Consider the Lagrangian density $L = -\frac{1}{4}F_{\mu\nu}F^{\mu \nu}$ with $F_{\mu \nu} = \partial_{\mu}A_{\nu} - \partial_{\nu}A_{\mu} $.

After deriving the Euler-Lagrange equations for this Lagrangian density, I am asked to verify that the action remains invariant under constant shifts $x^{\mu} \to x^{\mu} + \epsilon^{\mu}$ and derive the corresponding Noether current. But I have trouble working out the result of this spacial translation.

Looking at my lecture notes I find that a four vector transforms as $A'^{\mu}(x') = \frac{\partial x'^{\mu}}{\partial x^{\lambda}}A^{\lambda}(x)$. But what I wrote down at first sight was that for small translations $A'^{\mu} = A^{\mu}(x^{\sigma} + \epsilon^{\sigma}) = A^{\mu}(x^{\sigma}) + \frac{\partial A^{\mu}(x^{\sigma})}{\partial x^{\sigma}}\epsilon^{\sigma}$, a procedure that I have used before as well. I am failing to see where I made a mistake, or to see how these descriptions are compatible. Conceptually I am quite confused about how vector/tensor fields transform under this translation now, and I do not know how to proceed. Any help would be much appreciated.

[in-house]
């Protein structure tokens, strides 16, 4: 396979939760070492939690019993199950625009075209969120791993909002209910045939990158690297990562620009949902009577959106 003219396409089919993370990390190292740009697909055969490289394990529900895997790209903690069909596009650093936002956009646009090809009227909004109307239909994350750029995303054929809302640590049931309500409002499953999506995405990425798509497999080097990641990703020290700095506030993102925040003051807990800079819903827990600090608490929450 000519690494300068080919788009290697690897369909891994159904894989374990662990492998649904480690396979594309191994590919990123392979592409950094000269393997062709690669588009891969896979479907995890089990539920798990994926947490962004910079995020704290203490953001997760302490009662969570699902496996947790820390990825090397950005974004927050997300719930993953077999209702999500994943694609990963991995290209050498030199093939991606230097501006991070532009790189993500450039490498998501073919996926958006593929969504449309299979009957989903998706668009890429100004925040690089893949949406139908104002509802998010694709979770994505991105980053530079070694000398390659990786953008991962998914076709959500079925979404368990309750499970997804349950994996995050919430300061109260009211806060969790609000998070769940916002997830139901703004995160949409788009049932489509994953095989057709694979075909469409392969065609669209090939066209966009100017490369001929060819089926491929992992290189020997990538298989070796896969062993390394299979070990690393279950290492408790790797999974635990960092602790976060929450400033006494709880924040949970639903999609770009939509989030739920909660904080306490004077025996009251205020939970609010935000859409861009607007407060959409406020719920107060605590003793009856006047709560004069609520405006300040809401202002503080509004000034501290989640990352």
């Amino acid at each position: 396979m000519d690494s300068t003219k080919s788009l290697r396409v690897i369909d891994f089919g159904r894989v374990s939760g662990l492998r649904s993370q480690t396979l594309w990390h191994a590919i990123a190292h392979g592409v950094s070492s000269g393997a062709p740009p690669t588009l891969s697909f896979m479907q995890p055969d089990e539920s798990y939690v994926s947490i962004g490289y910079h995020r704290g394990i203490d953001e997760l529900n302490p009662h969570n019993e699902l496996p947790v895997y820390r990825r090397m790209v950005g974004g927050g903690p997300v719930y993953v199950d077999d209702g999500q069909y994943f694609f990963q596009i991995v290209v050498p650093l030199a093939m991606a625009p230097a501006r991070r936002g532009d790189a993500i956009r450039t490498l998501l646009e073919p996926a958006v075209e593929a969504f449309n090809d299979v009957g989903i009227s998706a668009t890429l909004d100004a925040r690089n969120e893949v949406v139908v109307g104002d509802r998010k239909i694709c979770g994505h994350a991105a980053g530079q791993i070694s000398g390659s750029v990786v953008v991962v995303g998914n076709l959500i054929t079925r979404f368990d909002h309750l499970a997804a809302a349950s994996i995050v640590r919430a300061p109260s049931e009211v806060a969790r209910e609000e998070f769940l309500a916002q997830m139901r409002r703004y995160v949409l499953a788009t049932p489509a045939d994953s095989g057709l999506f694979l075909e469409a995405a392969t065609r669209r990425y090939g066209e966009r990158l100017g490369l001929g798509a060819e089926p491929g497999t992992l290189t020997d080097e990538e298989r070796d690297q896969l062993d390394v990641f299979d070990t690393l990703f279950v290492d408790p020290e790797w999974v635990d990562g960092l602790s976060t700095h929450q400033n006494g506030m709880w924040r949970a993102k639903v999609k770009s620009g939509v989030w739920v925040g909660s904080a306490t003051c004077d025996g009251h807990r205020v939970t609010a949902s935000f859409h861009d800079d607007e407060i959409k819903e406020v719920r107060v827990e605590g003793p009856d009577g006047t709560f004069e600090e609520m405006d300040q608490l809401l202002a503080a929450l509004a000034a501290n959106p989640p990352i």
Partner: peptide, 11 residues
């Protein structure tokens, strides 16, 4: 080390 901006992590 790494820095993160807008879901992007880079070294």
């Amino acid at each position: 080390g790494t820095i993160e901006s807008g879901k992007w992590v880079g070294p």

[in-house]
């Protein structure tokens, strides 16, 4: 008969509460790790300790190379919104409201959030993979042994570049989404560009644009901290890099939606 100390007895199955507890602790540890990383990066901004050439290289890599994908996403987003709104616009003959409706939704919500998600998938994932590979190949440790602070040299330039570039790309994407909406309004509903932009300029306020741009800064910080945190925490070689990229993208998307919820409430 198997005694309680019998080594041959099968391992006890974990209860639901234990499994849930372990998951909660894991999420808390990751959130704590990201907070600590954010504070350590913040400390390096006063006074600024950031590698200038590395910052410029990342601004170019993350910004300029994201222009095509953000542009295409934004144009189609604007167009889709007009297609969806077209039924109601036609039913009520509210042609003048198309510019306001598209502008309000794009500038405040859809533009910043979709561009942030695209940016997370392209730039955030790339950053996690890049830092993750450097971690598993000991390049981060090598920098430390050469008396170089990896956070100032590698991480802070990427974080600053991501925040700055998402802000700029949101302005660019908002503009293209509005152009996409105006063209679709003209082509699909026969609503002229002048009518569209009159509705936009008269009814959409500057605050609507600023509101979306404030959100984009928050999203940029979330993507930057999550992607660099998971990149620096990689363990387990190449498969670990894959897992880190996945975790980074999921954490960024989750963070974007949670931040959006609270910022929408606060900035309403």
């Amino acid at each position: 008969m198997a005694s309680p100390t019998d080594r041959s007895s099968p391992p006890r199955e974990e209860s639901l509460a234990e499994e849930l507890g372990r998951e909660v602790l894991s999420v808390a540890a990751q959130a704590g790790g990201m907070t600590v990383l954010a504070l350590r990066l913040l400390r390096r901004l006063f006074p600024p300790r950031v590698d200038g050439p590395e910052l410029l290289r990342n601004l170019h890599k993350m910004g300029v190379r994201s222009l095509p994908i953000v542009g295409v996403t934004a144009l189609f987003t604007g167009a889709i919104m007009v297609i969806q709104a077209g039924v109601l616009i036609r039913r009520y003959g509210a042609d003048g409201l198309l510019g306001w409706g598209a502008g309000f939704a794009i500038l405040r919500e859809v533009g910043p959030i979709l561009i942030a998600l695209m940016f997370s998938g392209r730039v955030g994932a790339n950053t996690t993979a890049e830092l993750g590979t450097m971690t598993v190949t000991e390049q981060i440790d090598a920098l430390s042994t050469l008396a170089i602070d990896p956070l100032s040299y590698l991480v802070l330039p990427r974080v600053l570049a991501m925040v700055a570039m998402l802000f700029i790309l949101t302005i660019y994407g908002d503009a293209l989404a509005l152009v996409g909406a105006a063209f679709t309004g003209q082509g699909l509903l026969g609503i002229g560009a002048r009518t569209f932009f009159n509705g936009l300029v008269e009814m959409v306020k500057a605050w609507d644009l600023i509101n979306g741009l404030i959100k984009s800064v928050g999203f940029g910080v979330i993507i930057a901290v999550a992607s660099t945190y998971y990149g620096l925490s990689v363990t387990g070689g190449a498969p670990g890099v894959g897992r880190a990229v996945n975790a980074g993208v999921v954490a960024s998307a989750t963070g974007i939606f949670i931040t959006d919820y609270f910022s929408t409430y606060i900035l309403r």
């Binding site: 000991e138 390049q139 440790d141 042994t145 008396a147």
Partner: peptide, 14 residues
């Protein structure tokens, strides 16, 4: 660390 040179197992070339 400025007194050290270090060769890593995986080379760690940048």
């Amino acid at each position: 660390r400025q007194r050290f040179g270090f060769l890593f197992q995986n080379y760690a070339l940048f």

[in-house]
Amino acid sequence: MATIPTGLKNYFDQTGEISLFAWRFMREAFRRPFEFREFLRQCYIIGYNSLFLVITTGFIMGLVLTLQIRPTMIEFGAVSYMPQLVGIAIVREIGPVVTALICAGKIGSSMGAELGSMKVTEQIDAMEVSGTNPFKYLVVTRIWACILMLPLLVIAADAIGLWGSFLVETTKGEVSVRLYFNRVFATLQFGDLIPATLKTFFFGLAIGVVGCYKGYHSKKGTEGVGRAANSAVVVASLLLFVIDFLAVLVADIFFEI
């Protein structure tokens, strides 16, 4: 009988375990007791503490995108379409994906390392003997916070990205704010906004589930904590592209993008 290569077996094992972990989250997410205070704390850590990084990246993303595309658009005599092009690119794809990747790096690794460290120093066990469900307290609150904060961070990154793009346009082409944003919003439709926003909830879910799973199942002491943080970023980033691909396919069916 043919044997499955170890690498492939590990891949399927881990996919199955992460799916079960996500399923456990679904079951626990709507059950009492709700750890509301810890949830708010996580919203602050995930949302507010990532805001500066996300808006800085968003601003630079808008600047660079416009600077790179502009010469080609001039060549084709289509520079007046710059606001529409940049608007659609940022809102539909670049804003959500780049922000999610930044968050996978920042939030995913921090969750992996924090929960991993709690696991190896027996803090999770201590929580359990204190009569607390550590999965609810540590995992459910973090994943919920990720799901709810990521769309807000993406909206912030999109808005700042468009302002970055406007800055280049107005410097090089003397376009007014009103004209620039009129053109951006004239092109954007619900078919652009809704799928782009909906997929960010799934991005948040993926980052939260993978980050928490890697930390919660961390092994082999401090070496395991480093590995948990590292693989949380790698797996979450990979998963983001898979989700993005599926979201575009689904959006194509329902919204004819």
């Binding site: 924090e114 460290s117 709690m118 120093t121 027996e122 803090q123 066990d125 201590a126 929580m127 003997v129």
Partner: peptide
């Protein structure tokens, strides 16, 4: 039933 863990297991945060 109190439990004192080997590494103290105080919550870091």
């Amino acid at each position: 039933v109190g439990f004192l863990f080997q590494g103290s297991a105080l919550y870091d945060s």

As you noted $A'^{\mu}(x') = \frac{\partial x'^{\mu}}{\partial x^{\lambda}}A^{\lambda}(x)$ is how a four-vector transform under Lorentz transformations, but a translation $x^\mu+\epsilon^\mu$ is not a Lorentz transformation.

Some people call translations Galilean Transfromations. The group of Lorentz transformations + Translations is called Poincarè Group.

So, in conclusion the transformation you should use is $A'^{\mu} = A^{\mu}(x^{\sigma} + \epsilon^{\sigma}) = A^{\mu}(x^{\sigma}) + \frac{\partial A^{\mu}(x^{\sigma})}{\partial x^{\sigma}}\epsilon^{\sigma}$

| cite | improve this answer | |

Your Answer

By clicking “Post Your Answer”, you agree to our terms of service, privacy policy and cookie policy

Not the answer you're looking for? Browse other questions tagged or ask your own question.